Anchorage’s parking boss quits in rift with city, after pandemic hits revenues

A street with some colorful buildings
Fourth Avenue in Downtown Anchorage, Alaska in early December, 2019. (Joey Mendolia/Alaska Public Media)

The head of the organization that oversees Anchorage’s downtown parking abruptly resigned Friday, in what appears to be a split with city officials after the pandemic caused a large drop in revenue. 

Andrew Halcro, executive director of the Anchorage Community Development Authority and a former state legislator, announced his resignation Friday morning, effective immediately.

Andrew Halcro. (Photo by Josh Edge, APRN - Anchorage)
Andrew Halcro (Josh Edge/Alaska Public Media)

In a scathing letter to Acting Mayor Austin Quinn-Davidson, Halcro wrote that he could no longer lead the organization after a “pattern of bad faith dealings” with the municipality.  

Halcro, in his letter, accused Quinn-Davidson’s administration of removing the ACDA’s board chair, Terry Parks, and of not following through on a deal to exchange $5.7 million for ACDA’s ownership stake in the Anchorage Police Department headquarters building.

Halcro also called members of Quinn-Davidson’s administration “destructive and untrustworthy.”

“For eight months, including the last five you have been mayor, your staff who work a combined 150 steps from your desk, have been making million dollar promises about relief,” he wrote. “But they didn’t deliver.”

In an emailed statement, Quinn-Davidson acknowledged that ACDA has faced financial challenges due to the pandemic. 

“My team has worked closely with Mr. Halcro and ACDA to address its financial challenges, and we were making progress together despite challenging circumstances,” she said.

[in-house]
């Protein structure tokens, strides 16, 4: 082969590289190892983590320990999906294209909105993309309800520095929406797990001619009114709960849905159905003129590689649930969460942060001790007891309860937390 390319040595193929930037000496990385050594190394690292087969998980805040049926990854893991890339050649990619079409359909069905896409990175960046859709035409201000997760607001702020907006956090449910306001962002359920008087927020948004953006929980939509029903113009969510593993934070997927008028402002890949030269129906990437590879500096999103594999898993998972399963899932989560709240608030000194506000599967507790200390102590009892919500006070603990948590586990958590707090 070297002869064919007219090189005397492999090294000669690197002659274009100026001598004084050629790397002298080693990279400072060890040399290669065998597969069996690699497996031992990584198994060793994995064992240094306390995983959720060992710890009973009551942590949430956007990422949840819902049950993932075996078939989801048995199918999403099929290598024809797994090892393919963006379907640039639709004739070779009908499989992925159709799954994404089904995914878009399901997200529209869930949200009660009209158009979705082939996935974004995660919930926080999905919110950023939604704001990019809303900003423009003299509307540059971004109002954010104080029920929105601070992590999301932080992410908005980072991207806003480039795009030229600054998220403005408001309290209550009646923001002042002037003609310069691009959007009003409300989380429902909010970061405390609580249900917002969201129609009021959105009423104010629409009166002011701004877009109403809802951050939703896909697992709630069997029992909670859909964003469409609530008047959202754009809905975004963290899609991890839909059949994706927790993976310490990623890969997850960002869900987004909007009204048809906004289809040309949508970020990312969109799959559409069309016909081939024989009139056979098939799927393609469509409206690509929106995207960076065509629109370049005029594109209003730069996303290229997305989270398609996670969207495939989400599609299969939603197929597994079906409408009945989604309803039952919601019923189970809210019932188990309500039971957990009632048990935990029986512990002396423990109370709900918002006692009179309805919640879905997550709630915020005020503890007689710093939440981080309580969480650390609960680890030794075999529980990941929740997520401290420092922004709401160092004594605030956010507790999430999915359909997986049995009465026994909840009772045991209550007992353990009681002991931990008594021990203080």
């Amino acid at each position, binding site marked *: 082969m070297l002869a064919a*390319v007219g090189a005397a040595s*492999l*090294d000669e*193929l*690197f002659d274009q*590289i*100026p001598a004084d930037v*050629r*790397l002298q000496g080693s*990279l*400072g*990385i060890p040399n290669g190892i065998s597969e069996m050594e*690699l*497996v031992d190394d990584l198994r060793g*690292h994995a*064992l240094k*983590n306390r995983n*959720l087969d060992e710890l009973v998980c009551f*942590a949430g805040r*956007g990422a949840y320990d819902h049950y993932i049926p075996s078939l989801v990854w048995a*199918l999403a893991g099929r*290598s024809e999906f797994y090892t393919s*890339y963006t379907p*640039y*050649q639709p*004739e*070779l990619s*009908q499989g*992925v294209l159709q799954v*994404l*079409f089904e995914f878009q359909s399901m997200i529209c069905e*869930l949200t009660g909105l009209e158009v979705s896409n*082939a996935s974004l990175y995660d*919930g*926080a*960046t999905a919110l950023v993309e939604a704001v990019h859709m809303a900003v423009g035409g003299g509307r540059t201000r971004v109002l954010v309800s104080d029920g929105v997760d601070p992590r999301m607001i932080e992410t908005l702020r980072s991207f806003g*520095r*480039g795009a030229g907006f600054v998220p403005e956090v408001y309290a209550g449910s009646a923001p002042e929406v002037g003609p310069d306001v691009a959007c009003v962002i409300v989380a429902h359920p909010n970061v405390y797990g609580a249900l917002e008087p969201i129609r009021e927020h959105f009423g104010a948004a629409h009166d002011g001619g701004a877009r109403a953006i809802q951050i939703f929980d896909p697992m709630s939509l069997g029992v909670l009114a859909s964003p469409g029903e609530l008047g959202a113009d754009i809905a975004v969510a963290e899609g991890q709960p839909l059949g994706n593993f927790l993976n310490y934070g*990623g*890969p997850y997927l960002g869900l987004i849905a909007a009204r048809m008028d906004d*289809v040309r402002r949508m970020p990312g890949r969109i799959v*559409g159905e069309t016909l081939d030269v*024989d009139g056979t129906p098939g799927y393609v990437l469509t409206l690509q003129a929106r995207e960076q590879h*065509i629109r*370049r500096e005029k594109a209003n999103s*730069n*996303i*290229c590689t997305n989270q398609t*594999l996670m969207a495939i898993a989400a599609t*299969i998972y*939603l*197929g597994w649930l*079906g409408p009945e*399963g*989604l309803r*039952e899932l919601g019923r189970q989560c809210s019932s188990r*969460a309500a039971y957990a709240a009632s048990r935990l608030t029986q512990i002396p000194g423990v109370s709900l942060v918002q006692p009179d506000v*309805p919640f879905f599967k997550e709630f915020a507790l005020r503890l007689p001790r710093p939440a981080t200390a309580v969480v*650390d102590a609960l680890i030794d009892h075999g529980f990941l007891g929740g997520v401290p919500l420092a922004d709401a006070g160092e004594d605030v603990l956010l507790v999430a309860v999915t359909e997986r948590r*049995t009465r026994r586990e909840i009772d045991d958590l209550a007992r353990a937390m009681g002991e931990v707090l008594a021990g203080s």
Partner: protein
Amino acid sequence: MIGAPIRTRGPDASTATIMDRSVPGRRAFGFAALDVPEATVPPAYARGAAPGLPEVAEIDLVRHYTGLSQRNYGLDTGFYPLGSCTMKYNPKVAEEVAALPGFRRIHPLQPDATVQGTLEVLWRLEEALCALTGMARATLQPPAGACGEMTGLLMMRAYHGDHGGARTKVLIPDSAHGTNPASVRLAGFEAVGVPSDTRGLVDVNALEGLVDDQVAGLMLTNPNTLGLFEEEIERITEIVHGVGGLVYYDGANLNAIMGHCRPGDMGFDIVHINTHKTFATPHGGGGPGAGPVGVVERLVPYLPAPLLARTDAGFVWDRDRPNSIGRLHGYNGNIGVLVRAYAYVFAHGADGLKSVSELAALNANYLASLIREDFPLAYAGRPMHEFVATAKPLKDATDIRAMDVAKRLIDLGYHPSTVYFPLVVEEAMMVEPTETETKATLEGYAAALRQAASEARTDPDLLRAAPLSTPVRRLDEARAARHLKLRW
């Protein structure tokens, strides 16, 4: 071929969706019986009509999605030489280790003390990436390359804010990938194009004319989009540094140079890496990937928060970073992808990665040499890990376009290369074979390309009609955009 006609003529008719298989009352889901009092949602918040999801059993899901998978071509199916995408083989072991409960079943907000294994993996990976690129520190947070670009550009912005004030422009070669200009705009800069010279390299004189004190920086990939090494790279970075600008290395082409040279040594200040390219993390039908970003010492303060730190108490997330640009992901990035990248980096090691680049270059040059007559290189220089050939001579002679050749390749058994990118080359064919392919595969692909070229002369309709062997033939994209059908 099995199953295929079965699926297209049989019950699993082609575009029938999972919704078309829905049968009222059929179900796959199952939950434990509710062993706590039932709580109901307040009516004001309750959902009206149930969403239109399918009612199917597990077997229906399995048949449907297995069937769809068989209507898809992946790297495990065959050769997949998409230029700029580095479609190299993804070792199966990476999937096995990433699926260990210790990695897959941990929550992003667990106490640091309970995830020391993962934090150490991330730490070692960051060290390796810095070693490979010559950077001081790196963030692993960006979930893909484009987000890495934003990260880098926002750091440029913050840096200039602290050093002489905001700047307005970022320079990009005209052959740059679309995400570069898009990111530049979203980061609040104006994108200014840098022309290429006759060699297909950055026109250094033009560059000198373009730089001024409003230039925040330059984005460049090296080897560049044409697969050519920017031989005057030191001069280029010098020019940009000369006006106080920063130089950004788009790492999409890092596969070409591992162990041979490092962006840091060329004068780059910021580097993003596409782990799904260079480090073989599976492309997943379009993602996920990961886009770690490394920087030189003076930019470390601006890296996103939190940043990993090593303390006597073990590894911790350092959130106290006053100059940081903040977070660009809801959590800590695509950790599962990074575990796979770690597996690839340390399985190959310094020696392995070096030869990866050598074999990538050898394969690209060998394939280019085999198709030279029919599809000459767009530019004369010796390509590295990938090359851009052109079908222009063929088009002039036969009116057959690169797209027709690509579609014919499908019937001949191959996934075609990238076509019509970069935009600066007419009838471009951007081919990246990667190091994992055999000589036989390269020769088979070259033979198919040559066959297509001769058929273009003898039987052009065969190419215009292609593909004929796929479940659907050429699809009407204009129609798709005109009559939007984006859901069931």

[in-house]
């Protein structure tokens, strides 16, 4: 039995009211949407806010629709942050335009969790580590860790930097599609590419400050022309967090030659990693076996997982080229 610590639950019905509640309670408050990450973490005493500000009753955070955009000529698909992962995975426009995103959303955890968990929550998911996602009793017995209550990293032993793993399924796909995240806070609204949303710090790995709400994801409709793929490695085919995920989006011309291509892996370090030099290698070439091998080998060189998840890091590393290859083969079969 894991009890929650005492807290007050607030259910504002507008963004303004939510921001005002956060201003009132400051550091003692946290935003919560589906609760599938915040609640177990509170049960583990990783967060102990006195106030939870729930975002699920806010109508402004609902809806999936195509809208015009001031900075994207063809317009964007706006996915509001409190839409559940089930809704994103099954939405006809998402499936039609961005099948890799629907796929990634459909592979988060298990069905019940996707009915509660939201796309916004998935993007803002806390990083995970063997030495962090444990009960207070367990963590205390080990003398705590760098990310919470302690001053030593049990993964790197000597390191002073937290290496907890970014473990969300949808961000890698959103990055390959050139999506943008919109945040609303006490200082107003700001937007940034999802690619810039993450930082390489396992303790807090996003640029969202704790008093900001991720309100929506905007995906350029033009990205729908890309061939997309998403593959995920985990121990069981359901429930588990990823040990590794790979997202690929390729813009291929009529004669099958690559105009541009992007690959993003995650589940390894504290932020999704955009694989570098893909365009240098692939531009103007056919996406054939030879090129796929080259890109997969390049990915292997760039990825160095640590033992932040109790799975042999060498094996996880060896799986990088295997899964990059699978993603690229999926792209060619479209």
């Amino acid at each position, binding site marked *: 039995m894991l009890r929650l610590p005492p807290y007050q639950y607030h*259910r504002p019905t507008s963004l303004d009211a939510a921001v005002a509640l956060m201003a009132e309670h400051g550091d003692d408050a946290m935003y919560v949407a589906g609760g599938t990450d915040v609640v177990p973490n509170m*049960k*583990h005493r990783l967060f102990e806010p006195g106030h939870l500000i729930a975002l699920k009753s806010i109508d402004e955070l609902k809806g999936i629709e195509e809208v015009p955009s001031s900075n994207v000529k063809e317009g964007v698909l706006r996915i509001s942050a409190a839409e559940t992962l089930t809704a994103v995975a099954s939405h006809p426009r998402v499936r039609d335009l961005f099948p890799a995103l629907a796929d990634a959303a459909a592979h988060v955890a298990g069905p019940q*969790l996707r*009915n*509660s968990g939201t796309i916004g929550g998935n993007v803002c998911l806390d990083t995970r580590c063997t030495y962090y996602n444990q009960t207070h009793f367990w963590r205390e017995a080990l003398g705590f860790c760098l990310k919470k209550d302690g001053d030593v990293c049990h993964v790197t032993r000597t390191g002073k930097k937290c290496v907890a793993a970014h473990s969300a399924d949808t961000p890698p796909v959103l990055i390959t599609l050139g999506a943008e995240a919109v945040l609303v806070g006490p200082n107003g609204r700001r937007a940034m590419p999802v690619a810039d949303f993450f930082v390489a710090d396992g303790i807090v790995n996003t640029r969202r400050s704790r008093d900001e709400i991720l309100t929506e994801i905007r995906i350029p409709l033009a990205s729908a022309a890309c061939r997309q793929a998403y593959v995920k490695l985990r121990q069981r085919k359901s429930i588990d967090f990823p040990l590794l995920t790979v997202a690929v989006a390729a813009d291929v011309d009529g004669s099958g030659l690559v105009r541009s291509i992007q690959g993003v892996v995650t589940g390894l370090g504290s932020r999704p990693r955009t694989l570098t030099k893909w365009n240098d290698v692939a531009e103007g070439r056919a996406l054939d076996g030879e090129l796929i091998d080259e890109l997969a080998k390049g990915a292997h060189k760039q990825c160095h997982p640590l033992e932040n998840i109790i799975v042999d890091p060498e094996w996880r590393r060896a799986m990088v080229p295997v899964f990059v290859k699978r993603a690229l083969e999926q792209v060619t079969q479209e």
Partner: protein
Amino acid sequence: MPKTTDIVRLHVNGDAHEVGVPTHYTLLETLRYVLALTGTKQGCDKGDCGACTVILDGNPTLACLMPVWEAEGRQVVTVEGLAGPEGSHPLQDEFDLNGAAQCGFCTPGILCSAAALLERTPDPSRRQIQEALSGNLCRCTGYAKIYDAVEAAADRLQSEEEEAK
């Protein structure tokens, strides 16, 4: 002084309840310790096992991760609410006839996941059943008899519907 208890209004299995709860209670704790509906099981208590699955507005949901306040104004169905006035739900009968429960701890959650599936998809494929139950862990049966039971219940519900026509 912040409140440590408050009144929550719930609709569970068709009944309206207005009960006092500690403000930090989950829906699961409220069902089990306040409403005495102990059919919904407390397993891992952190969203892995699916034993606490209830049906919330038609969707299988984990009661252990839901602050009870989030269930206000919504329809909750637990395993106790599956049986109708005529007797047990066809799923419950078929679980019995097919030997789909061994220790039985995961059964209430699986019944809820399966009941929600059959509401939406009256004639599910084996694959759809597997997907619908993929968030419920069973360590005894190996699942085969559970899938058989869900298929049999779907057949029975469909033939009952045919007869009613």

She added that Parks’ removal as board chair was made as part of a larger effort to ensure that city boards and commissions “better reflect the diversity of our community.” The municipality declined to comment further.

ACDA is a public corporation that oversees downtown parking and developments like the Glenn Square Retail Center in Anchorage’s Mountain View neighborhood.

It functions independently from the city, but the executive director is appointed by the Anchorage mayor and the board includes members of the municipality and the Anchorage Assembly. Halcro was appointed by former Mayor Ethan Berkowitz in 2015, and was previously planning to leave his job in June after a new mayor was elected.

ACDA, meanwhile, has been hit hard by the pandemic, according to Melinda Gant, its director of community development and external affairs. Parking is the organization’s primary source of income, and with fewer people visiting downtown, Gant said ACDA’s revenue dipped between 50% and 60% last year.

The organization also cut its staff in half, from 49 to 22.

“We have been in a mode of laying off, because we are not able to pay our employees. So, we had to quickly look at how we can cut expenses,” Gant said. She added that ACDA has not received any COVID-19 relief money from the municipality or the federal government, because it’s a public corporation.

Despite its “shoestring budget,” Gant said there has been no impact to parking services. She said ACDA is hopeful that once the city’s emergency orders are fully lifted, more people will park their cars in downtown Anchorage and revenues will rise again.

It was not immediately clear who would fill Halcro’s job.